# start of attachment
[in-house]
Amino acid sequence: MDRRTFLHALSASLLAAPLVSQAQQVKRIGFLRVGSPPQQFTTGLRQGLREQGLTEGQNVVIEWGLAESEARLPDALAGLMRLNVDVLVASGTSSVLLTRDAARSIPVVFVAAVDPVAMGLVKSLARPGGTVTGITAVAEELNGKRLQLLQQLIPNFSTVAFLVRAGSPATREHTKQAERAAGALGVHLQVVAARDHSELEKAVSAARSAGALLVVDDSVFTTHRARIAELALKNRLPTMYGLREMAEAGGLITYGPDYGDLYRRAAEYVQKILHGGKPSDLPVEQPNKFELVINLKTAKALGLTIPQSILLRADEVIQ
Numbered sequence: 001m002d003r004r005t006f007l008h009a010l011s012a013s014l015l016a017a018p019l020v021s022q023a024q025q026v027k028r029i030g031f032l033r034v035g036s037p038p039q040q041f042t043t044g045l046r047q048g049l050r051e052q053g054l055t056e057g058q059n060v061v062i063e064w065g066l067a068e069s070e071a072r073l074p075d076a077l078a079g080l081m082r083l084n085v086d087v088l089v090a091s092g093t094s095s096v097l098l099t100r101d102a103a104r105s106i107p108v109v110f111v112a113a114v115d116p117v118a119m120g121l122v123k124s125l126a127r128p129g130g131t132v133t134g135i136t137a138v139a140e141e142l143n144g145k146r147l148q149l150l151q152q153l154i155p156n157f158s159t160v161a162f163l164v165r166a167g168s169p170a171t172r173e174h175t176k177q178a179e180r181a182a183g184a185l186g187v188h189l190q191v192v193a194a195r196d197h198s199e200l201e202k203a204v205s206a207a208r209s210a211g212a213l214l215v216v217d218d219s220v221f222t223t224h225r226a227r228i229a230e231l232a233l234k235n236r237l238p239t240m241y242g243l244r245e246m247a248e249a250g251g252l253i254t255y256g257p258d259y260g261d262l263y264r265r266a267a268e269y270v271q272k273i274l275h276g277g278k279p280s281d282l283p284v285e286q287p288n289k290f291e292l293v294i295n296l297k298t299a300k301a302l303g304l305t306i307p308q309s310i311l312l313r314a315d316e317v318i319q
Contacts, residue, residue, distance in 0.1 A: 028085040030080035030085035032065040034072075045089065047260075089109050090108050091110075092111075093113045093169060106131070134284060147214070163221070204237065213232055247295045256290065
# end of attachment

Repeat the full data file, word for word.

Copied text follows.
[in-house]
Amino acid sequence: MDRRTFLHALSASLLAAPLVSQAQQVKRIGFLRVGSPPQQFTTGLRQGLREQGLTEGQNVVIEWGLAESEARLPDALAGLMRLNVDVLVASGTSSVLLTRDAARSIPVVFVAAVDPVAMGLVKSLARPGGTVTGITAVAEELNGKRLQLLQQLIPNFSTVAFLVRAGSPATREHTKQAERAAGALGVHLQVVAARDHSELEKAVSAARSAGALLVVDDSVFTTHRARIAELALKNRLPTMYGLREMAEAGGLITYGPDYGDLYRRAAEYVQKILHGGKPSDLPVEQPNKFELVINLKTAKALGLTIPQSILLRADEVIQ
Numbered sequence: 001m002d003r004r005t006f007l008h009a010l011s012a013s014l015l016a017a018p019l020v021s022q023a024q025q026v027k028r029i030g031f032l033r034v035g036s037p038p039q040q041f042t043t044g045l046r047q048g049l050r051e052q053g054l055t056e057g058q059n060v061v062i063e064w065g066l067a068e069s070e071a072r073l074p075d076a077l078a079g080l081m082r083l084n085v086d087v088l089v090a091s092g093t094s095s096v097l098l099t100r101d102a103a104r105s106i107p108v109v110f111v112a113a114v115d116p117v118a119m120g121l122v123k124s125l126a127r128p129g130g131t132v133t134g135i136t137a138v139a140e141e142l143n144g145k146r147l148q149l150l151q152q153l154i155p156n157f158s159t160v161a162f163l164v165r166a167g168s169p170a171t172r173e174h175t176k177q178a179e180r181a182a183g184a185l186g187v188h189l190q191v192v193a194a195r196d197h198s199e200l201e202k203a204v205s206a207a208r209s210a211g212a213l214l215v216v217d218d219s220v221f222t223t224h225r226a227r228i229a230e231l232a233l234k235n236r237l238p239t240m241y242g243l244r245e246m247a248e249a250g251g252l253i254t255y256g257p258d259y260g261d262l263y264r265r266a267a268e269y270v271q272k273i274l275h276g277g278k279p280s281d282l283p284v285e286q287p288n289k290f291e292l293v294i295n296l297k298t299a300k301a302l303g304l305t306i307p308q309s310i311l312l313r314a315d316e317v318i319q
Contacts, residue, residue, distance in 0.1 A: 028085040030080035030085035032065040034072075045089065047260075089109050090108050091110075092111075093113045093169060106131070134284060147214070163221070204237065213232055247295045256290065